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Bel-Ami is the story of a ruthlessly ambitious young man (Georges Duroy, christened “Bel-Ami” by his female admirers) making it to the top in fin-de-sihcle Paris. It is a novel about money, sex, and power, set against the background of the politics of the French colonization of North Africa. It explores the dynamics of an urban society uncomfortably close to our own and is a devastating satire of the sleaziness of contemporary journalism. Bel-Ami enjoys the status of an authentic record of the apotheosis of bourgeois capitalism under the Third Republic. But the creative tension between its analysis of modern behavior and its identifiably late nineteenth-century fabric is one of the reasons why Bel-Ami remains one of the finest French novels of its time, as well as being recognized as Maupassant’s greatest achievement as a novelist.
204 pages, with a reading time of ~3.25 hours (51,141 words), and first published in 1885. This DRM-Free edition published by epubBooks, 2010.
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After changing his five-franc piece Georges Duroy left the restaurant. He twisted his mustache in military style and cast a rapid, sweeping glance upon the diners, among whom were three saleswomen, an untidy music-teacher of uncertain age, and two women with their husbands.
When he reached the sidewalk, he paused to consider what route he should take. It was the twenty-eighth of June and he had only three francs in his pocket to last him the remainder of the month. That meant two dinners and no lunches, or two lunches and no dinners, according to choice. As he pondered upon this unpleasant state of affairs, he sauntered down Rue Notre Dame de Lorette, preserving his military air and carriage, and rudely jostled the people upon the streets in order to clear a path for himself. He appeared to be hostile to the passers-by, and even to the houses, the entire city.
Tall, well-built, fair, with blue eyes, a curled mustache, hair naturally wavy and parted in the middle, he recalled the hero of the popular romances.
It was one of those sultry, Parisian evenings when not a breath of air is stirring; the sewers exhaled poisonous gases and the restaurants the disagreeable odors of cooking and of kindred smells. Porters in their shirt-sleeves, astride their chairs, smoked their pipes at the carriage gates, and pedestrians strolled leisurely along, hats in hand.
When Georges Duroy reached the boulevard he halted again, undecided as to which road to choose. Finally he turned toward the Madeleine and followed the tide of people.
The large, well-patronized cafes tempted Duroy, but were he to drink only two glasses of beer in an evening, farewell to the meager supper the following night! Yet he said to himself: “I will take a glass at the Americain. By Jove, I am thirsty.”
He glanced at men seated at the tables, men who could afford to slake their thirst, and he scowled at them. “Rascals!” he muttered. If he could have caught one of them at a corner in the dark he would have choked him without a scruple! He recalled the two years spent in Africa, and the manner in which he had extorted money from the Arabs. A smile hovered about his lips at the recollection of an escapade which had cost three men their lives, a foray which had given his two comrades and himself seventy fowls, two sheep, money, and something to laugh about for six months. The culprits were never found; indeed, they were not sought for, the Arab being looked upon as the soldier’s prey.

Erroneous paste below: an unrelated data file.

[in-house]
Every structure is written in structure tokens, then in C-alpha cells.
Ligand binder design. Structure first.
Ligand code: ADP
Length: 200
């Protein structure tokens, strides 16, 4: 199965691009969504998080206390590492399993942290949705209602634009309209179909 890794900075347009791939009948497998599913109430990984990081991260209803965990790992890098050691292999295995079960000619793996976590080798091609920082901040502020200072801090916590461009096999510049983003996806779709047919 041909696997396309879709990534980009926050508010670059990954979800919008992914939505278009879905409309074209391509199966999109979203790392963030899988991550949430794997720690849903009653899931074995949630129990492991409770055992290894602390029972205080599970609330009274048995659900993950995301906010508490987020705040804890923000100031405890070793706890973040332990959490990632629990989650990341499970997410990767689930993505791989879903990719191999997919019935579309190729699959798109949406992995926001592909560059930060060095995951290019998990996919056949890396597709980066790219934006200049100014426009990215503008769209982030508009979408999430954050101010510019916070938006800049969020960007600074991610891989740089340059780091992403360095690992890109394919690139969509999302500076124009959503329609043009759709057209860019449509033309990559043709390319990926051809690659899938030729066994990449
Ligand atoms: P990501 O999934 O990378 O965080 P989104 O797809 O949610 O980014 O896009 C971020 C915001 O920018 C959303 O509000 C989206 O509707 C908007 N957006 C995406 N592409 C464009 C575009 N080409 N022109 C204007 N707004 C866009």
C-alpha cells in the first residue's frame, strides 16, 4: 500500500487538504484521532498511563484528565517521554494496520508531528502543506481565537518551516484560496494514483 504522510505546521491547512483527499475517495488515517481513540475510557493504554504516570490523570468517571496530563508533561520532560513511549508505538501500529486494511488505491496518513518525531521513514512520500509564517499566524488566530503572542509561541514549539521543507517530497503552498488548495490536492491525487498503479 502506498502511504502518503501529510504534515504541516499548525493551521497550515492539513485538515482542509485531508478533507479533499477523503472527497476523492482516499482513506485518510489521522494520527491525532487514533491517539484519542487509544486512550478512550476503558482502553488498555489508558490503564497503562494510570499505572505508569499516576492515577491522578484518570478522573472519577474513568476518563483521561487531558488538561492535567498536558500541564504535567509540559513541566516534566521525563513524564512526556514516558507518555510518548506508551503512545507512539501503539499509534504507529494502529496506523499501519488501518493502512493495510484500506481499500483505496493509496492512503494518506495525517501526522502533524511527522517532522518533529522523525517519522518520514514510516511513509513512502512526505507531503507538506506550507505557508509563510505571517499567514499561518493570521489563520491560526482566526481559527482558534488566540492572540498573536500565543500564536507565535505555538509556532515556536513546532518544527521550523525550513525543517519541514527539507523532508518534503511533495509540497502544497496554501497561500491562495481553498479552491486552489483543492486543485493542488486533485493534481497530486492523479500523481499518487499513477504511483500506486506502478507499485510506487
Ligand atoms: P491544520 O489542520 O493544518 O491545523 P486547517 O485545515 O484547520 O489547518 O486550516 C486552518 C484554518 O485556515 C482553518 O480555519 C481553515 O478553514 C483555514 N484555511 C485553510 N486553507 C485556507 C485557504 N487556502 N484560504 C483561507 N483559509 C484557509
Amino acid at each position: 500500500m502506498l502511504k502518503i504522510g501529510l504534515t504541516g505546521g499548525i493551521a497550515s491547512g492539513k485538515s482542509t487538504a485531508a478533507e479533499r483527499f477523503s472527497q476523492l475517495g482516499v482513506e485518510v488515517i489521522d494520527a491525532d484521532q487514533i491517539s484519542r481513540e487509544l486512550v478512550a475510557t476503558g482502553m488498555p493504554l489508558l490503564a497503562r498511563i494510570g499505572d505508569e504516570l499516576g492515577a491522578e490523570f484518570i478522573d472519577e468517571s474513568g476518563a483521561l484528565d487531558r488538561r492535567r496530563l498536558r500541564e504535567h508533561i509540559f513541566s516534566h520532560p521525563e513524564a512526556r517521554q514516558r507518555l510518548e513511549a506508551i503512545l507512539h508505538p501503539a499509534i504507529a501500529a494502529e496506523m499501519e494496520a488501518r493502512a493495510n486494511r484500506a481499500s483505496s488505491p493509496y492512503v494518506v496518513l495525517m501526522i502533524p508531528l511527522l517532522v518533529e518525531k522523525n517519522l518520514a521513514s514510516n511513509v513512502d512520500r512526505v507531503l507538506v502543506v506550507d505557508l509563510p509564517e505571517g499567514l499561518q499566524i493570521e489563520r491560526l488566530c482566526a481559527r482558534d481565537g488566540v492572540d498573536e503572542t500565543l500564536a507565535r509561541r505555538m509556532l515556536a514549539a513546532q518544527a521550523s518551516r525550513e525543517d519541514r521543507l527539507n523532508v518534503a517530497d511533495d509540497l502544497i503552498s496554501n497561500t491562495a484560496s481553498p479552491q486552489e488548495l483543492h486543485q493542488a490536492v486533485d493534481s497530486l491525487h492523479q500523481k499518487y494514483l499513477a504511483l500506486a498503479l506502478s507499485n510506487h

But in Paris it was different; there one could not commit such deeds with impunity. He regretted that he had not remained where he was; but he had hoped to improve his condition–and for that reason he was in Paris!
He passed the Vaudeville and stopped at the Cafe Americain, debating as to whether he should take that “glass.” Before deciding, he glanced at a clock; it was a quarter past nine. He knew that when the beer was placed in front of him, he would drink it; and then what would he do at eleven o’clock? So he walked on, intending to go as far as the Madeleine and return.
When he reached the Place de l’Opera, a tall, young man passed him, whose face he fancied was familiar. He followed him, repeating: “Where the deuce have I seen that fellow?”
For a time he racked his brain in vain; then suddenly he saw the same man, but not so corpulent and more youthful, attired in the uniform of a Hussar. He exclaimed: “Wait, Forestier!” and hastening up to him, laid his hand upon the man’s shoulder. The latter turned, looked at him, and said: “What do you want, sir?”
Duroy began to laugh: “Don’t you remember me?”
“Not remember Georges Duroy of the Sixth Hussars.”
Forestier extended both hands.
“Ah, my dear fellow, how are you?”
“Very well. And how are you?”
“Oh, I am not very well. I cough six months out of the twelve as a result of bronchitis contracted at Bougival, about the time of my return to Paris four years ago.”
“But you look well.”
Forestier, taking his former comrade’s arm, told him of his malady, of the consultations, the opinions and the advice of the doctors and of the difficulty of following their advice in his position. They ordered him to spend the winter in the south, but how could he? He was married and was a journalist in a responsible editorial position.
“I manage the political department on ‘La Vie Francaise’; I report the doings of the Senate for ‘Le Salut,’ and from time to time I write for ‘La Planete.’ That is what I am doing.”
Duroy, in surprise, glanced at him. He was very much changed. Formerly Forestier had been thin, giddy, noisy, and always in good spirits. But three years of life in Paris had made another man of him; now he was stout and serious, and his hair was gray on his temples although he could not number more than twenty-seven years.
Forestier asked: “Where are you going?”